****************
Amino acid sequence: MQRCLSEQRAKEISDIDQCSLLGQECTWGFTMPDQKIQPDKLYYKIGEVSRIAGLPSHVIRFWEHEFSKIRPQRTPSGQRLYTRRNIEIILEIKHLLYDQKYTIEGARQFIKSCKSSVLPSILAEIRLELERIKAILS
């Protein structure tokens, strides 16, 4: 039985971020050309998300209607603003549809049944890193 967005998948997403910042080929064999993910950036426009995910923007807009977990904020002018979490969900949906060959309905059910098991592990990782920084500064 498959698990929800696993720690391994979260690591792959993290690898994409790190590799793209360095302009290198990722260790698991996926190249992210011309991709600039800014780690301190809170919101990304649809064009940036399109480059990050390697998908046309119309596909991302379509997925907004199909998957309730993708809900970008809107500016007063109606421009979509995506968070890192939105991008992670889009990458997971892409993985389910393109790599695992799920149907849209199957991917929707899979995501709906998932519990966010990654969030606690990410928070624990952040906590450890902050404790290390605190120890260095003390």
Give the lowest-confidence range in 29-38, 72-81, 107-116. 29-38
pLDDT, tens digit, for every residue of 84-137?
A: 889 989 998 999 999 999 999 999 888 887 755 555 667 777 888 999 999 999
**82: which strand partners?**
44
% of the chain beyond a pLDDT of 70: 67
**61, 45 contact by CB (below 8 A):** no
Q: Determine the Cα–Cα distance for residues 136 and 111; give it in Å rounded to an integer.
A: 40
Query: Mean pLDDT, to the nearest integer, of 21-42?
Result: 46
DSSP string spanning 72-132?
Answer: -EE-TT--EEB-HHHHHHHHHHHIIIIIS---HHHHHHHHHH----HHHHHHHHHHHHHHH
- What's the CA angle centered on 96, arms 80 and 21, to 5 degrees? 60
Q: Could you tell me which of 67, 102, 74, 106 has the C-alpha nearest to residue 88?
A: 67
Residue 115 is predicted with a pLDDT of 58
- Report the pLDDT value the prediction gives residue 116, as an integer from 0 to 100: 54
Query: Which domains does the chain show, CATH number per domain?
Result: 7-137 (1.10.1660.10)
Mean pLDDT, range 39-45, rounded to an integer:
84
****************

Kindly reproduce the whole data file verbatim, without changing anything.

Amino acid sequence: MQRCLSEQRAKEISDIDQCSLLGQECTWGFTMPDQKIQPDKLYYKIGEVSRIAGLPSHVIRFWEHEFSKIRPQRTPSGQRLYTRRNIEIILEIKHLLYDQKYTIEGARQFIKSCKSSVLPSILAEIRLELERIKAILS
């Protein structure tokens, strides 16, 4: 039985971020050309998300209607603003549809049944890193 967005998948997403910042080929064999993910950036426009995910923007807009977990904020002018979490969900949906060959309905059910098991592990990782920084500064 498959698990929800696993720690391994979260690591792959993290690898994409790190590799793209360095302009290198990722260790698991996926190249992210011309991709600039800014780690301190809170919101990304649809064009940036399109480059990050390697998908046309119309596909991302379509997925907004199909998957309730993708809900970008809107500016007063109606421009979509995506968070890192939105991008992670889009990458997971892409993985389910393109790599695992799920149907849209199957991917929707899979995501709906998932519990966010990654969030606690990410928070624990952040906590450890902050404790290390605190120890260095003390």
Give the lowest-confidence range in 29-38, 72-81, 107-116. 29-38
pLDDT, tens digit, for every residue of 84-137?
A: 889 989 998 999 999 999 999 999 888 887 755 555 667 777 888 999 999 999
**82: which strand partners?**
44
% of the chain beyond a pLDDT of 70: 67
**61, 45 contact by CB (below 8 A):** no
Q: Determine the Cα–Cα distance for residues 136 and 111; give it in Å rounded to an integer.
A: 40
Query: Mean pLDDT, to the nearest integer, of 21-42?
Result: 46
DSSP string spanning 72-132?
Answer: -EE-TT--EEB-HHHHHHHHHHHIIIIIS---HHHHHHHHHH----HHHHHHHHHHHHHHH
- What's the CA angle centered on 96, arms 80 and 21, to 5 degrees? 60
Q: Could you tell me which of 67, 102, 74, 106 has the C-alpha nearest to residue 88?
A: 67
Residue 115 is predicted with a pLDDT of 58
- Report the pLDDT value the prediction gives residue 116, as an integer from 0 to 100: 54
Query: Which domains does the chain show, CATH number per domain?
Result: 7-137 (1.10.1660.10)
Mean pLDDT, range 39-45, rounded to an integer:
84